Calls for Covid close contact isolation to be scrapped

Support has grown for the removal of mandatory quarantine of Covid close contacts as Australia becomes better equipped at living with the virus.

Strict close contact isolation rules should be relaxed as Australia moves into winter and becomes better at living with Covid, according to the country’s chief public health panel.

The Australian Health Protection Principal Committee (AHPPC) has recommended a nationally consistent approach to removing isolation rules for close contacts of Covid-19.

Part of its recommendation called on mandatory quarantine requirements to be replaced by other precautionary measures so as to mitigate “societal disruptions while also protecting the most vulnerable in our community”.

While a seven-day isolation period was deemed appropriate where necessary, the group suggested it be replaced following the peak impact of the BA. 2 wave.

Replacement measures would include things like requirements for frequent rapid antigen testing and the wearing of masks when leaving the house.

Working from home where feasible was another proposed replacement measure, along with limiting access of close contacts to high-risk settings, and close monitoring of symptoms.

NSW Premier Dominic Perrottet on Friday expressed support for the AHPPC’s recommendations, arguing in favour of relying as many Covid rules as reasonably possible.

“My view is we need to get to a point where, where you are sick, you stay at home, if you’re not sick you go to work and you go to school. That’s living with Covid and that’s where we need to get to,” Mr Perrottet told reporters.

“At the last national cabinet we had the AHPPC say that they would come back in relation to the proposal in respect of the relaxing of the close contact rules and I think that’s appropriate.”

He added he intended to work with other state premiers in determining the best path forward without strict isolation rules that are currently in place.

“I’ll continue to work with premiers, I’ve been in contact with the Victorian Premier [Daniel Andrews] in relation to this and that certainly makes sense,” he said.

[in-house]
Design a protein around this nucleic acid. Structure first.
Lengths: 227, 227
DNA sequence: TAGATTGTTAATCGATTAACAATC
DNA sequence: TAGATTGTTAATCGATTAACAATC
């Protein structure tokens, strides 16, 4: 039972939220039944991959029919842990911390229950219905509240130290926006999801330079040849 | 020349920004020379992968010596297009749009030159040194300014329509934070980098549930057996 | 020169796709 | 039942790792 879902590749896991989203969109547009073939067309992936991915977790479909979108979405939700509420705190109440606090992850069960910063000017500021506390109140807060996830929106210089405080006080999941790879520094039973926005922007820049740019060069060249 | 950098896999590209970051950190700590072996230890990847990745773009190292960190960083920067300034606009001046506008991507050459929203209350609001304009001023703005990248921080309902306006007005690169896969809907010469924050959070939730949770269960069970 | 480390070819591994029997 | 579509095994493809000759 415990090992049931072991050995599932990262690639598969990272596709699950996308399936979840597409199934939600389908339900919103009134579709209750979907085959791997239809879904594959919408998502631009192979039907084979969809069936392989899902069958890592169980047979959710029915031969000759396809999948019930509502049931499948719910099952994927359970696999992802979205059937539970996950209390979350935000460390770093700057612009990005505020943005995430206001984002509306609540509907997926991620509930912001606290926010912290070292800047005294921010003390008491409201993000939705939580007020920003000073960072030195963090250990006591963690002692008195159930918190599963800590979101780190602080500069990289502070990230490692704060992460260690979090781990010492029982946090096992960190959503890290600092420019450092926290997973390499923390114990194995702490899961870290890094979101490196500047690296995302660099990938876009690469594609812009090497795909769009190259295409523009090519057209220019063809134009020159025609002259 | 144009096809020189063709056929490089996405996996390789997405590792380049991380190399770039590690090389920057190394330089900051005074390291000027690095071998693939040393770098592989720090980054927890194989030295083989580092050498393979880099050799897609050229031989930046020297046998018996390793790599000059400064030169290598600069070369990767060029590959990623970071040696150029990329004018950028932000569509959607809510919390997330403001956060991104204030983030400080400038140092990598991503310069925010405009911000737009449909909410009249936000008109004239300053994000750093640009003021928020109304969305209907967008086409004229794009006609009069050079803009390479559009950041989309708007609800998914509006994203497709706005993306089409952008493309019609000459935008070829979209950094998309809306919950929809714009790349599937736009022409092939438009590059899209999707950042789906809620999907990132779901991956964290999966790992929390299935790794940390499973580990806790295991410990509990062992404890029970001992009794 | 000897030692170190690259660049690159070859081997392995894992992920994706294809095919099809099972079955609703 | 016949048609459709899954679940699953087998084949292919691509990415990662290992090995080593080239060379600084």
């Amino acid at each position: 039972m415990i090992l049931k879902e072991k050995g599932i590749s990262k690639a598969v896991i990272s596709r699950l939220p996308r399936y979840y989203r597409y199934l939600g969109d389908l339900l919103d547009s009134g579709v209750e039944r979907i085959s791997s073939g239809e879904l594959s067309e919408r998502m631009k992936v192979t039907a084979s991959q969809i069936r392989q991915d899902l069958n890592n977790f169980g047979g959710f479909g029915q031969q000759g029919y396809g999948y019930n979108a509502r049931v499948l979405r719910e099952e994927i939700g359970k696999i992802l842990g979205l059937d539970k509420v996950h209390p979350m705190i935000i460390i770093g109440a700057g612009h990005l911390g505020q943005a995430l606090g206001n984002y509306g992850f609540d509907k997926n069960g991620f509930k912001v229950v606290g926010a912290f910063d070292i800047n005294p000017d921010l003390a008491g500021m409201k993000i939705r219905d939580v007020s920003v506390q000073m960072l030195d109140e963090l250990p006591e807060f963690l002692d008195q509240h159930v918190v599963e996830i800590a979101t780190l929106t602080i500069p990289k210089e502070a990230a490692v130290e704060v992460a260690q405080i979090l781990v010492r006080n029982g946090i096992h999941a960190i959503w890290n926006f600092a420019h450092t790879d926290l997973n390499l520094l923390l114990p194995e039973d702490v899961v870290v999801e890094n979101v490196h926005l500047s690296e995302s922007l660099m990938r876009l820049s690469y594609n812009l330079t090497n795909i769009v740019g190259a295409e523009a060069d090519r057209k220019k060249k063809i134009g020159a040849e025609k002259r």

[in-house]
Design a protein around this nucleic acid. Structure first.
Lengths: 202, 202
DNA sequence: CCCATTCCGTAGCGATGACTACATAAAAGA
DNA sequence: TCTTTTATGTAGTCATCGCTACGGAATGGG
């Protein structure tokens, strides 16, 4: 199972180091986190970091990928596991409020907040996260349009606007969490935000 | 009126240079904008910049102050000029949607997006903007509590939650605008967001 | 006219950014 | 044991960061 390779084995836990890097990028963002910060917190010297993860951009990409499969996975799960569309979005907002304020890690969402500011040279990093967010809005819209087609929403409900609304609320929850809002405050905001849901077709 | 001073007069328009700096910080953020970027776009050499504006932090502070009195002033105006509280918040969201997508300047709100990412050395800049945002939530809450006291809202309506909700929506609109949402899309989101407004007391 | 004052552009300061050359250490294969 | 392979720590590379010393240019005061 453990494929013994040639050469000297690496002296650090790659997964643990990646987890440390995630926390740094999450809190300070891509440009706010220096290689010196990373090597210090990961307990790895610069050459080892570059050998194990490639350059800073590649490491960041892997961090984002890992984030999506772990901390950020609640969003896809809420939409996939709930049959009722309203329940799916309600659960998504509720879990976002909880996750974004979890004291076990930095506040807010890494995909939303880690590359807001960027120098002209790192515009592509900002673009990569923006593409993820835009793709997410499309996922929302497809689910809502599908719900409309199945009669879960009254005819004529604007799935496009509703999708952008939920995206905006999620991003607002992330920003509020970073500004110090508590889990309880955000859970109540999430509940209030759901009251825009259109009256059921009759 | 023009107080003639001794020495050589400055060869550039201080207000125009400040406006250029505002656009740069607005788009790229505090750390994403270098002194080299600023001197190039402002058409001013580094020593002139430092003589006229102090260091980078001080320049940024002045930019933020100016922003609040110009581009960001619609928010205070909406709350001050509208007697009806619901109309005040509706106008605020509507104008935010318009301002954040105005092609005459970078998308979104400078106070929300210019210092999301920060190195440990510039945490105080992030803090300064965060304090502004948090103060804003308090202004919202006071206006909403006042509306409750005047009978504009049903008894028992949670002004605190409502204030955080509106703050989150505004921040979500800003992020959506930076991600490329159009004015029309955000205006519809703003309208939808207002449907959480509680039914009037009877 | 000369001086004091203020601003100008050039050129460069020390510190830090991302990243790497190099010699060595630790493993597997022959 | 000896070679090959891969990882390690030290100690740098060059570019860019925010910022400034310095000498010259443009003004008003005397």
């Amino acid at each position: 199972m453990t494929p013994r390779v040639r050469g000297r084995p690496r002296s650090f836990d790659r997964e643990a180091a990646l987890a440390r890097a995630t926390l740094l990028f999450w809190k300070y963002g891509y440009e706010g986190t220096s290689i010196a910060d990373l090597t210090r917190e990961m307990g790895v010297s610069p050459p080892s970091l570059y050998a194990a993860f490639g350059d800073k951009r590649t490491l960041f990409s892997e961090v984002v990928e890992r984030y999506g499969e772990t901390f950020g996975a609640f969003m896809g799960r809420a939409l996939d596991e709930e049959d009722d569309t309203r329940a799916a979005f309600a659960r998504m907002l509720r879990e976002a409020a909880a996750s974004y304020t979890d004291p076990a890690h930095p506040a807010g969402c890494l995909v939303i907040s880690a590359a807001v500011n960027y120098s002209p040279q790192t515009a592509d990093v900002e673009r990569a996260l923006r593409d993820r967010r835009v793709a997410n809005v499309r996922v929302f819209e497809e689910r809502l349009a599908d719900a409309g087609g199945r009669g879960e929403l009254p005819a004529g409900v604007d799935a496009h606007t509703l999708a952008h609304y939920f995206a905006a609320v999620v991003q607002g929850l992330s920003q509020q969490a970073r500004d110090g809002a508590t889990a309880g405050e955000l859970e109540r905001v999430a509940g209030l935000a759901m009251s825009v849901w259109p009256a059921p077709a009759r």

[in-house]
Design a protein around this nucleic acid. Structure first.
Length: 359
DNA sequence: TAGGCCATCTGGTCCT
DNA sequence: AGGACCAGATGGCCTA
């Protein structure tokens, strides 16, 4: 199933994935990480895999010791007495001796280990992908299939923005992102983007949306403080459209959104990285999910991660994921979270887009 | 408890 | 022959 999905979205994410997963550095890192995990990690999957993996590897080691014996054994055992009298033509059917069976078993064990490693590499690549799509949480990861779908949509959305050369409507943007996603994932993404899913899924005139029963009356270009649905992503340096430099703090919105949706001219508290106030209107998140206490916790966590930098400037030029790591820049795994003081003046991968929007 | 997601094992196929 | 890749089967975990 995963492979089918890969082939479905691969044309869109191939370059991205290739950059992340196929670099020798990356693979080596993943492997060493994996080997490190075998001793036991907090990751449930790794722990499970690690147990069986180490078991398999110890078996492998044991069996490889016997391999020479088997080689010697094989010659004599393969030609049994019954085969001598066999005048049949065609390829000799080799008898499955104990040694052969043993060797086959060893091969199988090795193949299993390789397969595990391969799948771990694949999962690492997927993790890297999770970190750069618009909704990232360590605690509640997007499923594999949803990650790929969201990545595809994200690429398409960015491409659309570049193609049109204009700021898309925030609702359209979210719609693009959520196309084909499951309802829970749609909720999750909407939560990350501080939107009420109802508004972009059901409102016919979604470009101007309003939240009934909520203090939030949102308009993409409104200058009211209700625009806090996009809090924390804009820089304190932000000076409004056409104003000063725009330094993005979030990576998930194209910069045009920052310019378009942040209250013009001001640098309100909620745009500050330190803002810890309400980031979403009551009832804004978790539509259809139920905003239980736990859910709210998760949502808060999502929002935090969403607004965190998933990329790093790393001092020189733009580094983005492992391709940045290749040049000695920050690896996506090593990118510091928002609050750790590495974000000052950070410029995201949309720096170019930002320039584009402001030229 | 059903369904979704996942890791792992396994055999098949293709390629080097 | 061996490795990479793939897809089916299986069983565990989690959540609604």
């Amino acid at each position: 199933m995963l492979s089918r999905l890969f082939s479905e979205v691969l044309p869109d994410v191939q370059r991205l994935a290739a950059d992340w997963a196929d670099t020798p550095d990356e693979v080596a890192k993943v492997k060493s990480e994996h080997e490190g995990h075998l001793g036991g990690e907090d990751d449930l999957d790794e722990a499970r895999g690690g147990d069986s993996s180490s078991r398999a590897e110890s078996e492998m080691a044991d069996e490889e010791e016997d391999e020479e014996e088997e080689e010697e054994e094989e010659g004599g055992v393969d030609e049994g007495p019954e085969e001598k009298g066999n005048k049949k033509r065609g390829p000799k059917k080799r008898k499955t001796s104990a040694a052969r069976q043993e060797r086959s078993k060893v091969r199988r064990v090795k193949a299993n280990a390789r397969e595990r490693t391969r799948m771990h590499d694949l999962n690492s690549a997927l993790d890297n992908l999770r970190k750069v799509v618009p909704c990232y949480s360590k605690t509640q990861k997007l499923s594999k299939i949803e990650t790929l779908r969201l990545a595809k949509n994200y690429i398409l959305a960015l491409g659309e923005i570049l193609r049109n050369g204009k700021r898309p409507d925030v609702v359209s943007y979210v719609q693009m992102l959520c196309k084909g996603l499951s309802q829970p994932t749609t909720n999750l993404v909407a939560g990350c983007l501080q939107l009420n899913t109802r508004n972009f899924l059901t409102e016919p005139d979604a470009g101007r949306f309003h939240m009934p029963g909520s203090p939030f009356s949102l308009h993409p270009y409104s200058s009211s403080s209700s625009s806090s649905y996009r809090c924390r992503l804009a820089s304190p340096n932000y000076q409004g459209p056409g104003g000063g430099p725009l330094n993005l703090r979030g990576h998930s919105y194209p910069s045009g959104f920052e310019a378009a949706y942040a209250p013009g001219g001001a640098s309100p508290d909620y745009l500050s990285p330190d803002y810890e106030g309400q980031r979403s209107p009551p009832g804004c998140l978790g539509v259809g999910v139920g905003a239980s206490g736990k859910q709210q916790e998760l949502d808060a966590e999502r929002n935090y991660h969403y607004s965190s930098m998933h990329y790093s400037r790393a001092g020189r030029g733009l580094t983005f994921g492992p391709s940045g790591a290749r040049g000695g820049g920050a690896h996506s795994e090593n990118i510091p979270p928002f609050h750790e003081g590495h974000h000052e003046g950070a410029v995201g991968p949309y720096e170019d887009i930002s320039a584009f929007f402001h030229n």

Days earlier however, Health Minister Brad Hazzard said ditching close contact rules would be “counter-productive” and serve to undo Australia’s hard work in managing the pandemic.

“Here in NSW, we have led the way in terms of the response to Covid and we’re currently seeing a good balance of life, which is what we want,” Mr Hazzard said.

“I will be saying to the community, at the present time, that we should still exercise extreme caution, we shouldn’t be rushing forth to get rid of all the safety issues we know now.

“But we also need to understand removing all the restrictions around close contacts at this point, in my view and the view of [Dr Kerry] Chant, would be counter-productive.”

Mr Perrottet said despite Mr Hazzards “very strong” opinion, a decision would be made based on the state’s “best interest”.

“Let’s not forget we have 20,000 cases still each and every day. We have many people in hospital and in ICU. We need to keep people safe but balance that up with moving on and opening up,” he said.

“We’re going to push through and the faster we can get to a point where the close contact rule is relaxed the better.”

All states and territories currently require close contacts of Covid cases to isolate for a full seven days.

Close contacts are defined as someone who lives in the same house as a Covid case, has spent longer than four hours with someone in a home, health or aged care environment, or has been listed as a close contact by their state or territory health department.

Originally published as Peak health body calls for close contact isolation to be removed as Australia enters winter

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